The reason that there is a problem running XSI on Macs at the moment is because of the differing operating system not because the new Macs and PCs are intrinsically different. The problems listed in the article are all realted to the Linux Kernel and the difference between X-windows (Linux) and Cocoa&Carbon (MacOSX) and all of these problems vanish once a Mac is Running Linux.

One more time... the problem with running XSI on a Mac is an OS level problem which does not exist if the Mac is running linux.

Beamtracer
03-02-2006, 11:06 PM
Well, currently XSI 5.0 fails to install on a MacBook Pro with Linux...how's that for not running?
As other people have said, the main difference between the hardware on the new Macs compared to the generic PC boxes, with the exception of the EFI (http://en.wikipedia.org/wiki/Extensible_Firmware_Interface), which is used for booting, and replaces the older BIOS (http://en.wikipedia.org/wiki/BIOS). Soon, all generic PCs will also use EFI for booting.

The other issue with Linux is that there are many variations, or "flavors"/distributions. Major software vendors like Autodesk or Avid will usually specify one of the commercial distributions, such as Red Hat Linux.

Now that the EFI issue has been solved, the other Linux distros will come out fairly rapidly with MacTel enabled versions. Red Hat's release for Intel Macs is imminent, and XSI will run on it. (I'm not an XSI user, so no, I haven't / won't be trying it myself)

I was discounting Beamtracer's statement that "Linux proivides another avenue (was there a first?) for XSI to run on the Mac"The other avenue will be Windows Vista, which supports the new PCs with EFI, and should run on the new Intel Macs. Another avenue will be Windows XP, as soon as someone has created an EFI booter for it, which will probably be just weeks away.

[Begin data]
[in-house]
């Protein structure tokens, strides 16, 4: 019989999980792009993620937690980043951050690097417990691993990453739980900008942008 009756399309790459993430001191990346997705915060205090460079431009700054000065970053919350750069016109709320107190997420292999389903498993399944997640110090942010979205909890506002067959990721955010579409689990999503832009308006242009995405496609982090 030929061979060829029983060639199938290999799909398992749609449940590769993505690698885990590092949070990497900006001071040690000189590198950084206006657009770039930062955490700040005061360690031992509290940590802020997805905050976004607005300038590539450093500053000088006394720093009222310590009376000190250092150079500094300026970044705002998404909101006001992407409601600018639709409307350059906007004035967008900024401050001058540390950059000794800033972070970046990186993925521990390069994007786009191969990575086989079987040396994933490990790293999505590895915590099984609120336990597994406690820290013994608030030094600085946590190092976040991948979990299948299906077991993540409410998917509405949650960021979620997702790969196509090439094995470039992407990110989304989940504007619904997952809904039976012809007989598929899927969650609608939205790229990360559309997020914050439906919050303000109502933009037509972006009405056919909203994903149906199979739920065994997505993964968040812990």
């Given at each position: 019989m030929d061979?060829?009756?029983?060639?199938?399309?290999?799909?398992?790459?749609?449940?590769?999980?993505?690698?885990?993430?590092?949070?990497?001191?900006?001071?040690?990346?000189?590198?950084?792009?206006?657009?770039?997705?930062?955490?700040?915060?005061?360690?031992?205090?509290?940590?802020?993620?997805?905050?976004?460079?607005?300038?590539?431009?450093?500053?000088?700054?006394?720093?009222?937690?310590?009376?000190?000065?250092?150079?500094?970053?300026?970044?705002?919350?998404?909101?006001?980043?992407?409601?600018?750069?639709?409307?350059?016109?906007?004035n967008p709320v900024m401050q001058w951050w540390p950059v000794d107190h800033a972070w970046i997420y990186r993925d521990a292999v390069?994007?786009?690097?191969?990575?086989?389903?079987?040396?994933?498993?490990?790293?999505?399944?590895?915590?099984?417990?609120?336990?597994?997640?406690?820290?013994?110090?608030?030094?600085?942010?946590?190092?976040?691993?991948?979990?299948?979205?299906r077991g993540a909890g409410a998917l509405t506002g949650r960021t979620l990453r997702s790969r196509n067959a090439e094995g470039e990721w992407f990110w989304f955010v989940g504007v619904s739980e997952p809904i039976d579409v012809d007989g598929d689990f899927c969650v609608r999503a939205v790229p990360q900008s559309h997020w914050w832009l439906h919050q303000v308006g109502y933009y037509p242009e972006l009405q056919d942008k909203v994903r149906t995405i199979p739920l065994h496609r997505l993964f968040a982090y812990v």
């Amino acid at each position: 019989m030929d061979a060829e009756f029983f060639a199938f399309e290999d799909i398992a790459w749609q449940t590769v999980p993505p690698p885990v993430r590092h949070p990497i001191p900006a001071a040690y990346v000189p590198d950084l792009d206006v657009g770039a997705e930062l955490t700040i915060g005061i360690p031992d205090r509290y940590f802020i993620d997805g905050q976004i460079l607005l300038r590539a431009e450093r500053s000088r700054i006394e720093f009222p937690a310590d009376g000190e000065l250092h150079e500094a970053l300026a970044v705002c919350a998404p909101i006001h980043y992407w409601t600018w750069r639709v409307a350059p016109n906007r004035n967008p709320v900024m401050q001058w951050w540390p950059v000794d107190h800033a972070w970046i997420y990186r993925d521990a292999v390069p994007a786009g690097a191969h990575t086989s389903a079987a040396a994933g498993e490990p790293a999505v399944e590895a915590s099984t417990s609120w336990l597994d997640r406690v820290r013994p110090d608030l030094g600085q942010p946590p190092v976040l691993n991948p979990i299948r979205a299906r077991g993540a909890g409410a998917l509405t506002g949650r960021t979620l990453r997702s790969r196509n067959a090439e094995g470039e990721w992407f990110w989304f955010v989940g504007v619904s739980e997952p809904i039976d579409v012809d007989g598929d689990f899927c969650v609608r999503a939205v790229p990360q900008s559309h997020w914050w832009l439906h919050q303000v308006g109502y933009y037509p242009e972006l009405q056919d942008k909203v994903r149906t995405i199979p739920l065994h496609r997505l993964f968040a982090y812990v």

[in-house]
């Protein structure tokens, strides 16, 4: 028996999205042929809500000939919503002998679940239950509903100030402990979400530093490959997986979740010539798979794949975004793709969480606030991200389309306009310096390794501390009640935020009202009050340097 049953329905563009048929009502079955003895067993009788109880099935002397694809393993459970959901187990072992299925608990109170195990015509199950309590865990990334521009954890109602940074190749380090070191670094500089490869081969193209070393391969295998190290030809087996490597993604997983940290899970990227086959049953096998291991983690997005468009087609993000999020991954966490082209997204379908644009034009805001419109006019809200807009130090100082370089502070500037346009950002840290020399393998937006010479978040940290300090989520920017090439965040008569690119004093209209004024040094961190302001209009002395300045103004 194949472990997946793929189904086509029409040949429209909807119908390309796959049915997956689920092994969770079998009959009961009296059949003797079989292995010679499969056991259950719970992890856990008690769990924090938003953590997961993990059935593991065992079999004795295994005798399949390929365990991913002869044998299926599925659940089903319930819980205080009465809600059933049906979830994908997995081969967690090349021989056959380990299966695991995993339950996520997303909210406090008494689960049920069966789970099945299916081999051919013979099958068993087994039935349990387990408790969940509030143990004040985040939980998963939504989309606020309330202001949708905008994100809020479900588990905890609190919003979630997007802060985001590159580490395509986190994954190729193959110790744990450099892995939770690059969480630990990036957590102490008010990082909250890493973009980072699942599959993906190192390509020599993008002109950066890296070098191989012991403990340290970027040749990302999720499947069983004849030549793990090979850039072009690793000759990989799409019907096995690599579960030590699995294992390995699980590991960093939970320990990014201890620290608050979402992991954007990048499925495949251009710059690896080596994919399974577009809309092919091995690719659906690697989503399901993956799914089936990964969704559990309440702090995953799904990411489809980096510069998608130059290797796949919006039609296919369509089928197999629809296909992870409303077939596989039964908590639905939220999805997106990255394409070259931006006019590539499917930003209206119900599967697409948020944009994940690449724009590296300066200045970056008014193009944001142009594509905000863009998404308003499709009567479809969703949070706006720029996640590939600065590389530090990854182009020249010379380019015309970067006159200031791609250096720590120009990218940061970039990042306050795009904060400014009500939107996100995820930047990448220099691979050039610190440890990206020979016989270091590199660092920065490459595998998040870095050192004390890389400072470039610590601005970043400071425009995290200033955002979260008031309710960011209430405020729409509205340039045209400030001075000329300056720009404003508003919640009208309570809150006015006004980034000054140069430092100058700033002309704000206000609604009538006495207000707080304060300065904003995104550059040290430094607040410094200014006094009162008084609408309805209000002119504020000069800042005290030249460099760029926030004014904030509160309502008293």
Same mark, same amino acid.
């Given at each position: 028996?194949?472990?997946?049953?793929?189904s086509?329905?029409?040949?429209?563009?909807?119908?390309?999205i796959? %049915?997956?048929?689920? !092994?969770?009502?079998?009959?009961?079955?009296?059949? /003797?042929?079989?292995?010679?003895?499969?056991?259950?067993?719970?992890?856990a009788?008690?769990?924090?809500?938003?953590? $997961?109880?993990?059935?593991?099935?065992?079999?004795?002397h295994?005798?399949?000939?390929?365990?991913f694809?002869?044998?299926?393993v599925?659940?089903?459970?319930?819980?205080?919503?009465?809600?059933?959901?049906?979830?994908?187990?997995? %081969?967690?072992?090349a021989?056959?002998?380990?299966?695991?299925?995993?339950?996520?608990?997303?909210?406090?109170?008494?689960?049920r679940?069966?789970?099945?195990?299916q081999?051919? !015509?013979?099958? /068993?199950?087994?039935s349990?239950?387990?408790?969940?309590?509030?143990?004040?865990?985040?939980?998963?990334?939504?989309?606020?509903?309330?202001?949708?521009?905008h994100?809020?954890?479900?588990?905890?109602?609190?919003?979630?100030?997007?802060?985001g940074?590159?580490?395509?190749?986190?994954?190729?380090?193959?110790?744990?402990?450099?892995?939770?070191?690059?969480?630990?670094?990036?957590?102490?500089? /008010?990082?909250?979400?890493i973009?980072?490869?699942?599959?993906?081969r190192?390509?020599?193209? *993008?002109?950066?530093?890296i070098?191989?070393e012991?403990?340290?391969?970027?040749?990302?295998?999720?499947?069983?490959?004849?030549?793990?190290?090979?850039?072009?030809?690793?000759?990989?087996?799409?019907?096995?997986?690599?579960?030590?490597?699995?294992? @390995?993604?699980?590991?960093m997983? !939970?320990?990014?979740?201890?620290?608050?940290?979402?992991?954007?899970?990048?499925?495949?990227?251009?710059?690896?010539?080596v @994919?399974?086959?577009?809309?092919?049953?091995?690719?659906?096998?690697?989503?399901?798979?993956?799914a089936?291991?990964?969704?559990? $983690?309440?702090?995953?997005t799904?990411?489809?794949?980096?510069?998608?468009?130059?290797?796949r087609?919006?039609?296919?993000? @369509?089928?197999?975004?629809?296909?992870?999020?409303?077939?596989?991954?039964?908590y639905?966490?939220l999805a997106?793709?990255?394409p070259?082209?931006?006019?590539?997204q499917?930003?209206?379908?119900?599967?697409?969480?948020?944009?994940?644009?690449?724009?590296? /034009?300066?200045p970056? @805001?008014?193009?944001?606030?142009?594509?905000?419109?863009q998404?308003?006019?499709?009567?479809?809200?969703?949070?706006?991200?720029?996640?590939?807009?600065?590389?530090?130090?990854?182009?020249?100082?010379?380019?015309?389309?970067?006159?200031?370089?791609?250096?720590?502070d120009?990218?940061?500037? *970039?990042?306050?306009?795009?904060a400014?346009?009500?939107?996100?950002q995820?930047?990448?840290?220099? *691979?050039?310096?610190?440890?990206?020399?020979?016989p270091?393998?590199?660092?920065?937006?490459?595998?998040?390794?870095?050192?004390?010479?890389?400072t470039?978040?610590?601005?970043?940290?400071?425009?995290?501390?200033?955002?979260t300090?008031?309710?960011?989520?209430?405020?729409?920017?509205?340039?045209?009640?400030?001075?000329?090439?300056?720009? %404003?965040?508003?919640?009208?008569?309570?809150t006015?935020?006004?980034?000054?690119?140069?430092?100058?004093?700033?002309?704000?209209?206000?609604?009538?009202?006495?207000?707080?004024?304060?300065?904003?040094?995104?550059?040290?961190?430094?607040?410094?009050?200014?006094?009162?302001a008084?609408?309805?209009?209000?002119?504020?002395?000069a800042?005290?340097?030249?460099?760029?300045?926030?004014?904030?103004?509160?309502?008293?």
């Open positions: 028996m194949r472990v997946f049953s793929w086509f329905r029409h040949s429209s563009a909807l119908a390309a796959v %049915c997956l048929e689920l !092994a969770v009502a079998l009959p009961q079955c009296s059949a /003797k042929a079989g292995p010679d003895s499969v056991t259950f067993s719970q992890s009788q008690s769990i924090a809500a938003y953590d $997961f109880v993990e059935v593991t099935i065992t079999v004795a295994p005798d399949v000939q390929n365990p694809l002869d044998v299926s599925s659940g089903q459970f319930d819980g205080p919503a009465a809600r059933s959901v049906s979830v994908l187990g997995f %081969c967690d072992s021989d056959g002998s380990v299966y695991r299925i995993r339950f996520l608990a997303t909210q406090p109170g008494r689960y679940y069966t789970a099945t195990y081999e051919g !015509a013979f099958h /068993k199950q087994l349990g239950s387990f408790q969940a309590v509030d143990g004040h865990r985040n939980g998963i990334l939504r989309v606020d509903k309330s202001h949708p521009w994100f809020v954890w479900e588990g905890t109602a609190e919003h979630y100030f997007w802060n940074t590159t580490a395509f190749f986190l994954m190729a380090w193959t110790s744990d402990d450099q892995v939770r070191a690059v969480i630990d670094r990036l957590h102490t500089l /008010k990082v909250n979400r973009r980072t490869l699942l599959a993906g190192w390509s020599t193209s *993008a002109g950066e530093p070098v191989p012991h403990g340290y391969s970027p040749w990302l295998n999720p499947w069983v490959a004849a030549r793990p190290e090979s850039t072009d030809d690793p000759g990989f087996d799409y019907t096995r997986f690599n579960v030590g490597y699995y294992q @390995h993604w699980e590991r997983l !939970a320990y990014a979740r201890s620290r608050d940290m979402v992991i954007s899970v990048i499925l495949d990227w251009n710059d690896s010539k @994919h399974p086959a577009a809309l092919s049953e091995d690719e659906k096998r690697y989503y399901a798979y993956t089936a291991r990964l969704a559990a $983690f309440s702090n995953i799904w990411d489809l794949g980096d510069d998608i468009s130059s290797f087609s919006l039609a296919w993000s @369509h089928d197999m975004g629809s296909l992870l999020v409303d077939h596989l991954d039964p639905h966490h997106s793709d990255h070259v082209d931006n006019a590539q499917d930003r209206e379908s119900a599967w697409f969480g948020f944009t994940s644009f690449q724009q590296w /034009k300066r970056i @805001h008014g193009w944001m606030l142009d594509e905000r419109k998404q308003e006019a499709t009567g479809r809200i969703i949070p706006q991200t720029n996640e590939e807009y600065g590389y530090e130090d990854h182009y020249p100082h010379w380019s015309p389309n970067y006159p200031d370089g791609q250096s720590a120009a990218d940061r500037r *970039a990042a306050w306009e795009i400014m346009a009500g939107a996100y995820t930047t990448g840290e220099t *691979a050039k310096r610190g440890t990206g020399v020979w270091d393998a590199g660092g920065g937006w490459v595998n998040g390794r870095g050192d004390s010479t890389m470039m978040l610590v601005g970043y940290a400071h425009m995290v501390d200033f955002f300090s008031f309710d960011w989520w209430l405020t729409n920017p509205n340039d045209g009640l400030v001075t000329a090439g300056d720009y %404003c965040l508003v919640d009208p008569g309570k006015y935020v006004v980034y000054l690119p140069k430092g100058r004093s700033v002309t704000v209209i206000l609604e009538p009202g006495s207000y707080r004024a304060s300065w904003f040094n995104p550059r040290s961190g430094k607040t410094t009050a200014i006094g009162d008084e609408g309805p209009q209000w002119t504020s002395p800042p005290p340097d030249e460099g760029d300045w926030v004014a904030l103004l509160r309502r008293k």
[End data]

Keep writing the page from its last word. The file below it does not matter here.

fezz
03-02-2006, 11:32 PM
Who's condescending here? Do a little digging around and anyone can read up on this very subject and learn the facts instead of just idly speculating and announcing that as truth as Beamtracer did. Someone casually reading his post might run off and assume that a new Intel Mac will allow them to run XSI... can anyone say for sure it does? Anyway, if you don't believe me, go ahead and try it yourself. I hate these silly forum squabbles so I'm going to quit reading now. And Rezonance, your observations on the Intel Macs are not eniterly accurate either.

Chaz
03-03-2006, 11:45 AM
Beamtracer's pretty famous for posting his uniformed speculations. Heck, he's doing it right now in another thread (http://forums.cgsociety.org/showpost.php?p=3294933&postcount=34). How can you know for sure that XSI runs on these new machines when you haven't even tried it?

Apoclypse
03-03-2006, 12:23 PM
I haven't tried installing xsi on linux since 4.2. So no I can't say it will work. However a pc is a pc and linux is linux, once linux boots its the same all around. The reason that they couldn't install XSi on linux was the most likely reason that it wasn't a redhat system. I'm not trying to be codescending, I don't know sh*t, nor do I try to be holier than thou with this stuff. I just think that you passing along misinformation without being informed yourself. Maybe I 'm wrong, who knows. But i really doubt that a redhat installed on a macbook pro wouldn't work.